Then Syd threw the cigar out on the ground in front of the porch. He thought for a minute, turned to President Cowley, and very humbly said, “Tumuaki, I don’t break the Word of Wisdom any more. I’m a full-tithe payer. I’ll be the branch president, and I’ll be worthy. Tomorrow morning I’ll be there, and I promise you that I’ll be the best branch president in the whole country. You won’t have to worry about me and whether or not I’m living the gospel.”
For the next several years, Syd served as one of the strongest and finest leaders in the mission. His son became the first bishop in the ward when the stake was created. Just recently, his grandson was released from serving as a bishop. Syd’s whole family is strong and active in the Church today and is one of the great families in New Zealand. Why? Because old Syd knew how to repent, he repented on the spot. When he was called to repentance, he quit his worldly ways. He became and remained a faithful Saint until the day he died.
In most cases, that’s all there is to repentance. Do you see how really simple that was? President Cowley never did ask Syd to repent. He gave him an opportunity to be of service to the Church in a priesthood calling. Syd knew that if he accepted that calling, he could no longer sin, so he immediately quit. It was over—just like that! The Lord accepted his repentance, and Syd became a great leader.
The brother told the congregation that as he stood in front of the Christus, it seemed to come alive, and he looked up at it and said aloud, "Why would you want to atone for somebody like me?" He said he had the greatest spiritual experience of his life as he stood there and realized what the atonement of the Savior really meant. He was born and raised in the Church but had been inactive for many years.
On the way home he said to his wife, "I have resolved never to drink again." She said, "I have heard that many times, and we'll have to wait and see." However, the next morning, when she fixed his breakfast, she prepared his usual pot of tea. He refused it, saying to her again that he was now observing the Word of Wisdom. Since that day he has lived the Word of Wisdom. He has repented.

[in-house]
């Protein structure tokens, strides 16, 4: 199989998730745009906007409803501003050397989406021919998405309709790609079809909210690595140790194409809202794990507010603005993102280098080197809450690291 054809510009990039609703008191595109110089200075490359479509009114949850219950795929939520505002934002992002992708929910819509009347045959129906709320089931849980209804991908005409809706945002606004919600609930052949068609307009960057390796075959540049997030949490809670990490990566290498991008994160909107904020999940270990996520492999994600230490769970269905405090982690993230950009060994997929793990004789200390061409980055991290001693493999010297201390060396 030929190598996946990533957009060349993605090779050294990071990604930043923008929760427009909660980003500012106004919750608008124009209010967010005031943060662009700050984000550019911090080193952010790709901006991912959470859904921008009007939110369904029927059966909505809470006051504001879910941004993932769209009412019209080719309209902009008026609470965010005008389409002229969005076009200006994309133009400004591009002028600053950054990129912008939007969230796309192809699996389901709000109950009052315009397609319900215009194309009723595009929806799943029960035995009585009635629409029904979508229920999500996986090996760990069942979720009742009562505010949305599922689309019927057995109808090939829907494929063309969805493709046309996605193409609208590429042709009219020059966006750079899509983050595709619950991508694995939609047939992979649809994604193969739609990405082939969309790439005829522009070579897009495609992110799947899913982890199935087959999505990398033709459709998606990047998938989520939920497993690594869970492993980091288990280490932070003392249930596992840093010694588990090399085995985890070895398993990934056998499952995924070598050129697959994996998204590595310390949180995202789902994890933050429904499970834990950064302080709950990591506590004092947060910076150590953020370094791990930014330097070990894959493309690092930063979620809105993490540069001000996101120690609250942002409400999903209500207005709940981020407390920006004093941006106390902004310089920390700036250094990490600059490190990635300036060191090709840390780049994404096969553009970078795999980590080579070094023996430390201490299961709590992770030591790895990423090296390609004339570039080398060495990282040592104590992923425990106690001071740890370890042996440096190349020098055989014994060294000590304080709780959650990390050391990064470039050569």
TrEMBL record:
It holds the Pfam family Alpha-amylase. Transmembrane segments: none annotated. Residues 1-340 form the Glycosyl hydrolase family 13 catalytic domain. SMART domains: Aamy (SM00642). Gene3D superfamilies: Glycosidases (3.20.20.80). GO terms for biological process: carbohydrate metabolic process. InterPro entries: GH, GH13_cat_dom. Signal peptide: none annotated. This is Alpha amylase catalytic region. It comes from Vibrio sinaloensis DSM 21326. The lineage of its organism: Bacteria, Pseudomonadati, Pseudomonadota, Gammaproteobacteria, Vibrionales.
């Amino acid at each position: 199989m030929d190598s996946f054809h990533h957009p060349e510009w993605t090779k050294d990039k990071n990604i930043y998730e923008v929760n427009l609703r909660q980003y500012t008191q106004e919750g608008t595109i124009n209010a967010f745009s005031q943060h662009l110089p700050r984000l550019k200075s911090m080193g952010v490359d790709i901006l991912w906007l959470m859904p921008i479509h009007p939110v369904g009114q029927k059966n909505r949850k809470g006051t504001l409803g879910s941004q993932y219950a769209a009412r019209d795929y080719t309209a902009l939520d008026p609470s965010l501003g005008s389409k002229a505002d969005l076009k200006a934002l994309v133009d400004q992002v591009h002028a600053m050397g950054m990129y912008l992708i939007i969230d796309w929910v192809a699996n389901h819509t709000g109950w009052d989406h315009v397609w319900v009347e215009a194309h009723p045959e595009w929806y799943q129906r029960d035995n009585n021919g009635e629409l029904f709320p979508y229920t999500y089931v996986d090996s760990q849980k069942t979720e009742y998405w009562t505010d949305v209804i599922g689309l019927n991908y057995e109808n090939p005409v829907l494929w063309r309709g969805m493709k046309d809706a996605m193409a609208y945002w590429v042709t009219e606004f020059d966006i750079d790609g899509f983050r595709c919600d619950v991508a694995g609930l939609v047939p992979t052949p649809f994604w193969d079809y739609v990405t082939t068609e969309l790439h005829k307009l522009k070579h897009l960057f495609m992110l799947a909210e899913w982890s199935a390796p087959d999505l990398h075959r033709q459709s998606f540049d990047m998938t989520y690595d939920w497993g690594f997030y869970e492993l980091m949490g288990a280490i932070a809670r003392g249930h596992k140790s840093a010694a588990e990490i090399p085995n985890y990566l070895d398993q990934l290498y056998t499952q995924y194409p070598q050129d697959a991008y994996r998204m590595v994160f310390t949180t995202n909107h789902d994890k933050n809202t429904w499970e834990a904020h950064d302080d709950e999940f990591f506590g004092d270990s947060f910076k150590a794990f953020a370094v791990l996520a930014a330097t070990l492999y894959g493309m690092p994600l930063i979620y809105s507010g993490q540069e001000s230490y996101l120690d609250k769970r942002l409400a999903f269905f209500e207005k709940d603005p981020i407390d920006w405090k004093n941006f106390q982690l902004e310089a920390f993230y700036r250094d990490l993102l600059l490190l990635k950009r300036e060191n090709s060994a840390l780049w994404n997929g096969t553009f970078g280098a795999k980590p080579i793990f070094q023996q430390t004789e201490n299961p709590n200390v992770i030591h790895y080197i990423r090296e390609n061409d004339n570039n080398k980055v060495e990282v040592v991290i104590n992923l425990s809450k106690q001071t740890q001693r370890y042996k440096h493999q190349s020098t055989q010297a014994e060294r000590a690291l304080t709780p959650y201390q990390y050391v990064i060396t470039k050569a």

The experience in front of the Christus and the great feelings he had in seeing the beautiful lights and the display of the birth of the Savior had touched his life to the point where he now has a completely regenerated life. He truly came "unto Christ" on that occasion and is now demonstrating the fact by the way he lives.
One of Matthew’s best friends was Mose Miller, whom both he and his father Matthias dearly loved. However, Mose was a confirmed alcoholic. He was left $400,000 in his youth and drank it all up. Periodically, he promised Elder Cowley that he would quit “next Tuesday morning.” One Tuesday morning at 6:00, Elder Cowley came into my hospital room, where I had been for several days, and sat by my bed. He told me that his old friend Mose had finally quit drinking; he had just died a few minutes before.
He had been sitting up with Mose in the hospital all night long. Just before Mose died, he asked Elder Cowley to place a triple combination in his hands, and he died holding that precious possession, which he loved dearly. Mose was a good and faithful Latter-day Saint with a bad problem, but he had the love and respect of Matthew Cowley and many others.
Mose was buried on a Thursday, and during the weekly meeting of the Quorum of the Twelve, Elder Cowley was excused partway through. President Clark asked if he was going to speak at the funeral of his alcoholic friend. Elder Cowley responded, “Yes, I am, and I want you to know that he was a great Latter-day Saint. He would have defended you or any one of the First Presidency or Twelve with his life. However, he had a terrible weakness that kept him from being as wonderful as he might have been.”
Elder Cowley was a sort of patron saint watching over the Alcoholics Anonymous group in Salt Lake City. He attended quite a few of their meetings and spoke on several occasions. Many of the alcoholics came to his office to receive blessings. He never gave a man a blessing while he was drunk, but asked him to go home and come back as quickly as he could when he was sober so that the complete man could get the blessing. Some days his office smelled like a brewery, with one person after another coming in. This, of course, was in the days when there was no security and most anyone could walk in off the street to visit him.